Welcome to one of today’s three stops on the blog tour for The Stationmaster’s Daughter by Kathleen McGurl, published by HQ Digital on 7th August 2019. It will be available in paperback on 17th October 2019 and is available for pre-order now.
My thanks to Rachel at Rachel’s Random Resources for the invitation to join the tour and to HQ Digital for my review copy provided via NetGalley.
About the Book
As the last train leaves, will life ever be the same?
Dorset 1935 – Stationmaster Ted has never cared much for romance. Occupied with ensuring England’s most beautiful railway runs on time, love has always felt like a comparatively trivial matter. Yet when he meets Annie Galbraith on the 8.42 train to Lynford, he can’t help but instantly fall for her. But soon the railway is forced to close and a terrible accident occurs within the station grounds, Ted finds his job and any hope of a relationship with Annie hanging in the balance…
Present day – Recovering from heartbreak after a disastrous marriage, Tilly decides to escape from the bustling capital and move to Dorset to stay with her dad, Ken. When Ken convinces Tilly to help with the restoration of the old railway, she discovers a diary hidden in the old ticket office. Tilly is soon swept up in Ted’s story, and the fateful accident that changed his life forever. But an encounter with an enigmatic stranger takes Tilly by surprise, and she can’t help but feel a connection with Ted’s story in the past.
Format: ebook (384 pp.) Publisher: HQ Digital
Publication date: 7th August 2019. Genre: Historical Fiction, Dual Time
Find The Stationmaster’s Daughter on Goodreads
Despite being separated by over eighty years in time, Ted and Tilly are dealing with similar challenges.
Tilly is recovering from traumatic events in her personal life and the unexpected breakdown of her marriage to Ian. Both have brought her to the brink of despair. Thankfully her dear friend, Jo, and her lovely dad, Ken, are there to support her. Moving down to Dorset to stay with her father, Tilly initially rejects his wise advice and his attempts to encourage her to focus on the future. She turns to drink to soothe the anguish she feels until a chance encounter changes everything. Soon, Tilly finds her interest piqued by what she finds while working on the archives of the railway preservation society to which her father belongs.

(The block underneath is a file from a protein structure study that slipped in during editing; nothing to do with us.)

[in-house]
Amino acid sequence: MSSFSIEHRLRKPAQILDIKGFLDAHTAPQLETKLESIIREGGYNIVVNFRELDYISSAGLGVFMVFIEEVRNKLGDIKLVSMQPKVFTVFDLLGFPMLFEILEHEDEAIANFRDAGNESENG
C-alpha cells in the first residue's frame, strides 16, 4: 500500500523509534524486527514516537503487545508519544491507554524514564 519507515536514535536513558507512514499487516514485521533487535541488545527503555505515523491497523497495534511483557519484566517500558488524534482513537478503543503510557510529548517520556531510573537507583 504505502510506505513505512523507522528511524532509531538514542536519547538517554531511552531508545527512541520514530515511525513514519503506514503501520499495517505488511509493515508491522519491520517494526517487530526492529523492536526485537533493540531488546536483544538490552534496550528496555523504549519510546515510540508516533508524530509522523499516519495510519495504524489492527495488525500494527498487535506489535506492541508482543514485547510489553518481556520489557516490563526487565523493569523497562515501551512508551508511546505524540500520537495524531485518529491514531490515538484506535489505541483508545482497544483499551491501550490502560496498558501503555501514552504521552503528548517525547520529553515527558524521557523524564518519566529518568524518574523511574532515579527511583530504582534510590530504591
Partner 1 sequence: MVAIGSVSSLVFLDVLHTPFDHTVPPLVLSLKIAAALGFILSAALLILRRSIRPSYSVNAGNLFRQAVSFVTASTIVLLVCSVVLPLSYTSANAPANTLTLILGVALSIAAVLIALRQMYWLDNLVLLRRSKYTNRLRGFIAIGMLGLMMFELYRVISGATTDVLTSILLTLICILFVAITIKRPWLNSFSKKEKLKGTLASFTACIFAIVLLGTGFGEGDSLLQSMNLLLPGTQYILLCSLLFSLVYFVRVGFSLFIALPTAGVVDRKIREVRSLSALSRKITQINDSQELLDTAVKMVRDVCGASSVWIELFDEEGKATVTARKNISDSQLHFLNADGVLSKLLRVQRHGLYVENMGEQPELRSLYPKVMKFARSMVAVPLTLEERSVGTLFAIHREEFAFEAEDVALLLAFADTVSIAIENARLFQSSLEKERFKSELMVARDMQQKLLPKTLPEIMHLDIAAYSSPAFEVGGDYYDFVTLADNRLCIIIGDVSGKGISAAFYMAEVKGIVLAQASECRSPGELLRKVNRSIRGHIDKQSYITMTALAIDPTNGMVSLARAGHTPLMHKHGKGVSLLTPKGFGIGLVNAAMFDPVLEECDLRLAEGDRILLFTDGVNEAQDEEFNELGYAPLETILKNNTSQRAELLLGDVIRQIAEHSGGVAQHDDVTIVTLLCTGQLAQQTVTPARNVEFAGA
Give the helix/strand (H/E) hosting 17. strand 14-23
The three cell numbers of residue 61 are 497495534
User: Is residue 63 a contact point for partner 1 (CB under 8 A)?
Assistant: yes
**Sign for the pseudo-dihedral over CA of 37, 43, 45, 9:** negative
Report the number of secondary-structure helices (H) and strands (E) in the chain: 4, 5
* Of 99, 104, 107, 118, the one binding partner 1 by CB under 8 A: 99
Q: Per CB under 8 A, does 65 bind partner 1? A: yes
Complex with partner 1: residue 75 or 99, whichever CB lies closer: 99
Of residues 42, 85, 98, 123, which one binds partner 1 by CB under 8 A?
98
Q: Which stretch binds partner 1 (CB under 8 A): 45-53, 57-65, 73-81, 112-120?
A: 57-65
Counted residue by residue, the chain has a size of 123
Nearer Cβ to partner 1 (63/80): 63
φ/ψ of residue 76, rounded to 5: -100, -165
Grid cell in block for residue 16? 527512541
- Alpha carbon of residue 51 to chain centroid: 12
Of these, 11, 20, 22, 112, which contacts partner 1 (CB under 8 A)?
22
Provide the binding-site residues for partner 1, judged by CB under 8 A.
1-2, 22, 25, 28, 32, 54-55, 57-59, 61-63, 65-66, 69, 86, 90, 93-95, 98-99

Ted is a simple soul who has always found relationships with other people difficult and never imagined himself having a wife or family. That is until he meets Annie and a different life suddenly becomes a possibility. However, the announcement of the closure of the railway throws Ted’s life into turmoil. How will he cope with a change that threatens his job, home, routine and – most importantly – his relationship with Annie? The author really immerses the reader in Ted’s dilemma so you experience along with him each doubt and fear of this sweet, gentle man. Luckily, Ted has his sister Norah to provide a little reassurance and wise advice, although even she is unable to prevent the tragic events that will follow.
At the end of the book, the two storylines come together in a completely satisfying way. And when the full story of the dramatic event described in the prologue is finally revealed, there is sadness but also a new understanding and appreciation of the choices made by those involved.
The skilful writing and heartfelt, poignant story really drew me into the book. The Stationmaster’s Daughter will warm the cockles of your heart and quite possibly cause you to shed a tear or two.
In three words: Touching, tender, emotional
Try something similar: The Forgotten Secret by Kathleen McGurl
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About the Author
Kathleen McGurl lives near the sea in Bournemouth, UK, with her husband and elderly tabby cat. She has two sons who are now grown-up and have left home. She began her writing career creating short stories, and sold dozens to women’s magazines in the UK and Australia. Then she got side-tracked onto family history research – which led eventually to writing novels with genealogy themes. She has always been fascinated by the past, and the ways in which the past can influence the present, and enjoys exploring these links in her novels.